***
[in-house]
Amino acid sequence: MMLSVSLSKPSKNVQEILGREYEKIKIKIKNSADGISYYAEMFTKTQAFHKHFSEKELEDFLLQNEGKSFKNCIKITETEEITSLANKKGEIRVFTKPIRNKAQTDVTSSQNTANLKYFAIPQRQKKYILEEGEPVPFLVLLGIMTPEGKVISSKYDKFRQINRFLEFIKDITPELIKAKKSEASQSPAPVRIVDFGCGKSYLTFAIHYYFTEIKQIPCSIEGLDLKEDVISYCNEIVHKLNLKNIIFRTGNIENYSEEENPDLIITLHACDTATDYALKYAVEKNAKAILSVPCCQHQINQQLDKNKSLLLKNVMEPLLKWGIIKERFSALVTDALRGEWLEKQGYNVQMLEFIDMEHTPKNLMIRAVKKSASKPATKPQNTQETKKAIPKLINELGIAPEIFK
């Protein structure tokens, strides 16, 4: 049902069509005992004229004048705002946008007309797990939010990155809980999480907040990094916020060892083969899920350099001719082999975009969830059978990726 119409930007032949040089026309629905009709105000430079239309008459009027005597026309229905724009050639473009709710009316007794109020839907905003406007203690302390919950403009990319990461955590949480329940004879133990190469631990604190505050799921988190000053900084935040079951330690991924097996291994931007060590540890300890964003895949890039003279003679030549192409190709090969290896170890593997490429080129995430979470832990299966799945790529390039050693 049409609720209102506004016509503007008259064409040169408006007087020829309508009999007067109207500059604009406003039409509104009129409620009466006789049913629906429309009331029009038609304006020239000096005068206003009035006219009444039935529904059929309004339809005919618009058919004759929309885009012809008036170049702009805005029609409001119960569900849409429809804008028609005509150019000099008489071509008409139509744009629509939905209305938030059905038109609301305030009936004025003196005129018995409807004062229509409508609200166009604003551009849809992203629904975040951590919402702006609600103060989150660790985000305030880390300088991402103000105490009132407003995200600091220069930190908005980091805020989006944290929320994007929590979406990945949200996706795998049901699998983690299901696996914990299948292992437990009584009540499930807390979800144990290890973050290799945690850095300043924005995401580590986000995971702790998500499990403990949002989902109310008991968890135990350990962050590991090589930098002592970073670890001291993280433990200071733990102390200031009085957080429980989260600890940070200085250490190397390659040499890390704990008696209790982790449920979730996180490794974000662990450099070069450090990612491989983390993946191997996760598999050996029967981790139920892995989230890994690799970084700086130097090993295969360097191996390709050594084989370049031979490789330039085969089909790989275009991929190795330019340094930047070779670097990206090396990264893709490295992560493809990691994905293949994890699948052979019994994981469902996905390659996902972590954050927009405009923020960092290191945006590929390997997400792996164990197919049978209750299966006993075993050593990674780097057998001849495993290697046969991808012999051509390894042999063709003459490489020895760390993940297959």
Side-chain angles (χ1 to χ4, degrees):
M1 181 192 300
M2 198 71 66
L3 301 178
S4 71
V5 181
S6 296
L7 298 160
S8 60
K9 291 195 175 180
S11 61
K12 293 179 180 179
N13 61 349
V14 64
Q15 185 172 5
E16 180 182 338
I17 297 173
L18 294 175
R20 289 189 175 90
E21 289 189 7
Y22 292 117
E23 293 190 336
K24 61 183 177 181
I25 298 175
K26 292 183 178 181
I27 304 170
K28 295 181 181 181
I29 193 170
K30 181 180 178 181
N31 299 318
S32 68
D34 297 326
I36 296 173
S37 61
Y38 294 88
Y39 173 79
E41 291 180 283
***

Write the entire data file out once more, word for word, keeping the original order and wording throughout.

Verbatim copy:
[in-house]
Amino acid sequence: MMLSVSLSKPSKNVQEILGREYEKIKIKIKNSADGISYYAEMFTKTQAFHKHFSEKELEDFLLQNEGKSFKNCIKITETEEITSLANKKGEIRVFTKPIRNKAQTDVTSSQNTANLKYFAIPQRQKKYILEEGEPVPFLVLLGIMTPEGKVISSKYDKFRQINRFLEFIKDITPELIKAKKSEASQSPAPVRIVDFGCGKSYLTFAIHYYFTEIKQIPCSIEGLDLKEDVISYCNEIVHKLNLKNIIFRTGNIENYSEEENPDLIITLHACDTATDYALKYAVEKNAKAILSVPCCQHQINQQLDKNKSLLLKNVMEPLLKWGIIKERFSALVTDALRGEWLEKQGYNVQMLEFIDMEHTPKNLMIRAVKKSASKPATKPQNTQETKKAIPKLINELGIAPEIFK
């Protein structure tokens, strides 16, 4: 049902069509005992004229004048705002946008007309797990939010990155809980999480907040990094916020060892083969899920350099001719082999975009969830059978990726 119409930007032949040089026309629905009709105000430079239309008459009027005597026309229905724009050639473009709710009316007794109020839907905003406007203690302390919950403009990319990461955590949480329940004879133990190469631990604190505050799921988190000053900084935040079951330690991924097996291994931007060590540890300890964003895949890039003279003679030549192409190709090969290896170890593997490429080129995430979470832990299966799945790529390039050693 049409609720209102506004016509503007008259064409040169408006007087020829309508009999007067109207500059604009406003039409509104009129409620009466006789049913629906429309009331029009038609304006020239000096005068206003009035006219009444039935529904059929309004339809005919618009058919004759929309885009012809008036170049702009805005029609409001119960569900849409429809804008028609005509150019000099008489071509008409139509744009629509939905209305938030059905038109609301305030009936004025003196005129018995409807004062229509409508609200166009604003551009849809992203629904975040951590919402702006609600103060989150660790985000305030880390300088991402103000105490009132407003995200600091220069930190908005980091805020989006944290929320994007929590979406990945949200996706795998049901699998983690299901696996914990299948292992437990009584009540499930807390979800144990290890973050290799945690850095300043924005995401580590986000995971702790998500499990403990949002989902109310008991968890135990350990962050590991090589930098002592970073670890001291993280433990200071733990102390200031009085957080429980989260600890940070200085250490190397390659040499890390704990008696209790982790449920979730996180490794974000662990450099070069450090990612491989983390993946191997996760598999050996029967981790139920892995989230890994690799970084700086130097090993295969360097191996390709050594084989370049031979490789330039085969089909790989275009991929190795330019340094930047070779670097990206090396990264893709490295992560493809990691994905293949994890699948052979019994994981469902996905390659996902972590954050927009405009923020960092290191945006590929390997997400792996164990197919049978209750299966006993075993050593990674780097057998001849495993290697046969991808012999051509390894042999063709003459490489020895760390993940297959």
Side-chain angles (χ1 to χ4, degrees):
M1 181 192 300
M2 198 71 66
L3 301 178
S4 71
V5 181
S6 296
L7 298 160
S8 60
K9 291 195 175 180
S11 61
K12 293 179 180 179
N13 61 349
V14 64
Q15 185 172 5
E16 180 182 338
I17 297 173
L18 294 175
R20 289 189 175 90
E21 289 189 7
Y22 292 117
E23 293 190 336
K24 61 183 177 181
I25 298 175
K26 292 183 178 181
I27 304 170
K28 295 181 181 181
I29 193 170
K30 181 180 178 181
N31 299 318
S32 68
D34 297 326
I36 296 173
S37 61
Y38 294 88
Y39 173 79
E41 291 180 283